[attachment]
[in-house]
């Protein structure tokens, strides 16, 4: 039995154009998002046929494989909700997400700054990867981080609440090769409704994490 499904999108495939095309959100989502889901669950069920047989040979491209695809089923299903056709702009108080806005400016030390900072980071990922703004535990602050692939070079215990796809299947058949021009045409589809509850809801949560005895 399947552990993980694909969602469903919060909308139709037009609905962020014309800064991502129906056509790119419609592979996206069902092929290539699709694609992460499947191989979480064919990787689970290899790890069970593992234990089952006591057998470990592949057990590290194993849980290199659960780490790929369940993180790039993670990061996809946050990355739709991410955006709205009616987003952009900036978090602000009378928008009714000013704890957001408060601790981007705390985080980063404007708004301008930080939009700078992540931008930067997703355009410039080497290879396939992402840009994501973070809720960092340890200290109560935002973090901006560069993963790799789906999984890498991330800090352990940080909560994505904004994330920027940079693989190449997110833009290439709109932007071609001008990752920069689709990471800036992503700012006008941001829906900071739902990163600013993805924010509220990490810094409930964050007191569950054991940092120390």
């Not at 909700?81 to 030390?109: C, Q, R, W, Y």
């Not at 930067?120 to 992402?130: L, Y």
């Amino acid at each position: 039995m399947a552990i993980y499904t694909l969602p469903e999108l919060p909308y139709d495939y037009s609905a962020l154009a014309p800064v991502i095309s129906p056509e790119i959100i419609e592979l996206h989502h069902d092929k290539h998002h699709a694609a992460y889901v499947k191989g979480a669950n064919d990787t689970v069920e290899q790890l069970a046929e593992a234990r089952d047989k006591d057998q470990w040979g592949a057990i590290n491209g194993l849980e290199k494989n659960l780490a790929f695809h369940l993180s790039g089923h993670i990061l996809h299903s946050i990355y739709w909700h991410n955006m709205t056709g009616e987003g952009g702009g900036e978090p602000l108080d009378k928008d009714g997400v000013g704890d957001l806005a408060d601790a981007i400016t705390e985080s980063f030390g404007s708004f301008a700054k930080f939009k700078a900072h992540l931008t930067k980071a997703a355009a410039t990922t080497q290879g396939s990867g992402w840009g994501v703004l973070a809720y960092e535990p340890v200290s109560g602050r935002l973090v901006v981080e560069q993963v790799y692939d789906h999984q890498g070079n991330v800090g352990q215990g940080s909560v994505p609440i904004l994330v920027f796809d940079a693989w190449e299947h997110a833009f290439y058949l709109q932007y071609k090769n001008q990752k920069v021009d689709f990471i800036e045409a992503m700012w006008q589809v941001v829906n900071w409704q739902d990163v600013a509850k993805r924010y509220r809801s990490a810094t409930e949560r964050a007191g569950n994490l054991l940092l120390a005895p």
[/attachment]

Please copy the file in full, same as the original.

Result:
[in-house]
């Protein structure tokens, strides 16, 4: 039995154009998002046929494989909700997400700054990867981080609440090769409704994490 499904999108495939095309959100989502889901669950069920047989040979491209695809089923299903056709702009108080806005400016030390900072980071990922703004535990602050692939070079215990796809299947058949021009045409589809509850809801949560005895 399947552990993980694909969602469903919060909308139709037009609905962020014309800064991502129906056509790119419609592979996206069902092929290539699709694609992460499947191989979480064919990787689970290899790890069970593992234990089952006591057998470990592949057990590290194993849980290199659960780490790929369940993180790039993670990061996809946050990355739709991410955006709205009616987003952009900036978090602000009378928008009714000013704890957001408060601790981007705390985080980063404007708004301008930080939009700078992540931008930067997703355009410039080497290879396939992402840009994501973070809720960092340890200290109560935002973090901006560069993963790799789906999984890498991330800090352990940080909560994505904004994330920027940079693989190449997110833009290439709109932007071609001008990752920069689709990471800036992503700012006008941001829906900071739902990163600013993805924010509220990490810094409930964050007191569950054991940092120390």
């Not at 909700?81 to 030390?109: C, Q, R, W, Y």
């Not at 930067?120 to 992402?130: L, Y």
């Amino acid at each position: 039995m399947a552990i993980y499904t694909l969602p469903e999108l919060p909308y139709d495939y037009s609905a962020l154009a014309p800064v991502i095309s129906p056509e790119i959100i419609e592979l996206h989502h069902d092929k290539h998002h699709a694609a992460y889901v499947k191989g979480a669950n064919d990787t689970v069920e290899q790890l069970a046929e593992a234990r089952d047989k006591d057998q470990w040979g592949a057990i590290n491209g194993l849980e290199k494989n659960l780490a790929f695809h369940l993180s790039g089923h993670i990061l996809h299903s946050i990355y739709w909700h991410n955006m709205t056709g009616e987003g952009g702009g900036e978090p602000l108080d009378k928008d009714g997400v000013g704890d957001l806005a408060d601790a981007i400016t705390e985080s980063f030390g404007s708004f301008a700054k930080f939009k700078a900072h992540l931008t930067k980071a997703a355009a410039t990922t080497q290879g396939s990867g992402w840009g994501v703004l973070a809720y960092e535990p340890v200290s109560g602050r935002l973090v901006v981080e560069q993963v790799y692939d789906h999984q890498g070079n991330v800090g352990q215990g940080s909560v994505p609440i904004l994330v920027f796809d940079a693989w190449e299947h997110a833009f290439y058949l709109q932007y071609k090769n001008q990752k920069v021009d689709f990471i800036e045409a992503m700012w006008q589809v941001v829906n900071w409704q739902d990163v600013a509850k993805r924010y509220r809801s990490a810094t409930e949560r964050a007191g569950n994490l054991l940092l120390a005895p």